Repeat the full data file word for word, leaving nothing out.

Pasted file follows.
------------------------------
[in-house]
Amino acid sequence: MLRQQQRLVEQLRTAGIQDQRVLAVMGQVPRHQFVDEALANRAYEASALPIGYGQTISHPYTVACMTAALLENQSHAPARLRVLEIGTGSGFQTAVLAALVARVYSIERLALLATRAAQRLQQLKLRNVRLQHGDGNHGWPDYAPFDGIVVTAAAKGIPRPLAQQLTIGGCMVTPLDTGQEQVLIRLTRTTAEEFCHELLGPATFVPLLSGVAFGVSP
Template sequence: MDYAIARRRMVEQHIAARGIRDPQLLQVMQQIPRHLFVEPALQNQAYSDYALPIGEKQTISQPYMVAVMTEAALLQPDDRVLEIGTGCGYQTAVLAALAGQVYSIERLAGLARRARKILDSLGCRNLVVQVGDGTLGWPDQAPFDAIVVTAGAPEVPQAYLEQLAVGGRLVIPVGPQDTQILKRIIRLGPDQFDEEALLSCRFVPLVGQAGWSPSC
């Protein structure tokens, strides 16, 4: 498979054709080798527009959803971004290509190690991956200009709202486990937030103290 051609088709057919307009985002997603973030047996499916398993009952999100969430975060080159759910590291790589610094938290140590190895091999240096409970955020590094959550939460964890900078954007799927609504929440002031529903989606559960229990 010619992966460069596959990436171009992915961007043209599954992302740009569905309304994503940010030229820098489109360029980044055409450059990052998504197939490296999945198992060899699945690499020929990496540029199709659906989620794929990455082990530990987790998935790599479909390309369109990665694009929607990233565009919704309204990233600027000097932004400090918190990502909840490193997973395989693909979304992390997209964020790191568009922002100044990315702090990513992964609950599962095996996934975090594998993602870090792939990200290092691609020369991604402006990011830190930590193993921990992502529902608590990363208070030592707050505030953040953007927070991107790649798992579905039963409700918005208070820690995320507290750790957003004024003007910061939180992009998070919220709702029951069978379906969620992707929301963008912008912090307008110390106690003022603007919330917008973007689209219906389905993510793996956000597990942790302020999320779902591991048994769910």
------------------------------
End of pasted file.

[in-house]
Amino acid sequence: MLRQQQRLVEQLRTAGIQDQRVLAVMGQVPRHQFVDEALANRAYEASALPIGYGQTISHPYTVACMTAALLENQSHAPARLRVLEIGTGSGFQTAVLAALVARVYSIERLALLATRAAQRLQQLKLRNVRLQHGDGNHGWPDYAPFDGIVVTAAAKGIPRPLAQQLTIGGCMVTPLDTGQEQVLIRLTRTTAEEFCHELLGPATFVPLLSGVAFGVSP
Template sequence: MDYAIARRRMVEQHIAARGIRDPQLLQVMQQIPRHLFVEPALQNQAYSDYALPIGEKQTISQPYMVAVMTEAALLQPDDRVLEIGTGCGYQTAVLAALAGQVYSIERLAGLARRARKILDSLGCRNLVVQVGDGTLGWPDQAPFDAIVVTAGAPEVPQAYLEQLAVGGRLVIPVGPQDTQILKRIIRLGPDQFDEEALLSCRFVPLVGQAGWSPSC
């Protein structure tokens, strides 16, 4: 498979054709080798527009959803971004290509190690991956200009709202486990937030103290 051609088709057919307009985002997603973030047996499916398993009952999100969430975060080159759910590291790589610094938290140590190895091999240096409970955020590094959550939460964890900078954007799927609504929440002031529903989606559960229990 010619992966460069596959990436171009992915961007043209599954992302740009569905309304994503940010030229820098489109360029980044055409450059990052998504197939490296999945198992060899699945690499020929990496540029199709659906989620794929990455082990530990987790998935790599479909390309369109990665694009929607990233565009919704309204990233600027000097932004400090918190990502909840490193997973395989693909979304992390997209964020790191568009922002100044990315702090990513992964609950599962095996996934975090594998993602870090792939990200290092691609020369991604402006990011830190930590193993921990992502529902608590990363208070030592707050505030953040953007927070991107790649798992579905039963409700918005208070820690995320507290750790957003004024003007910061939180992009998070919220709702029951069978379906969620992707929301963008912008912090307008110390106690003022603007919330917008973007689209219906389905993510793996956000597990942790302020999320779902591991048994769910």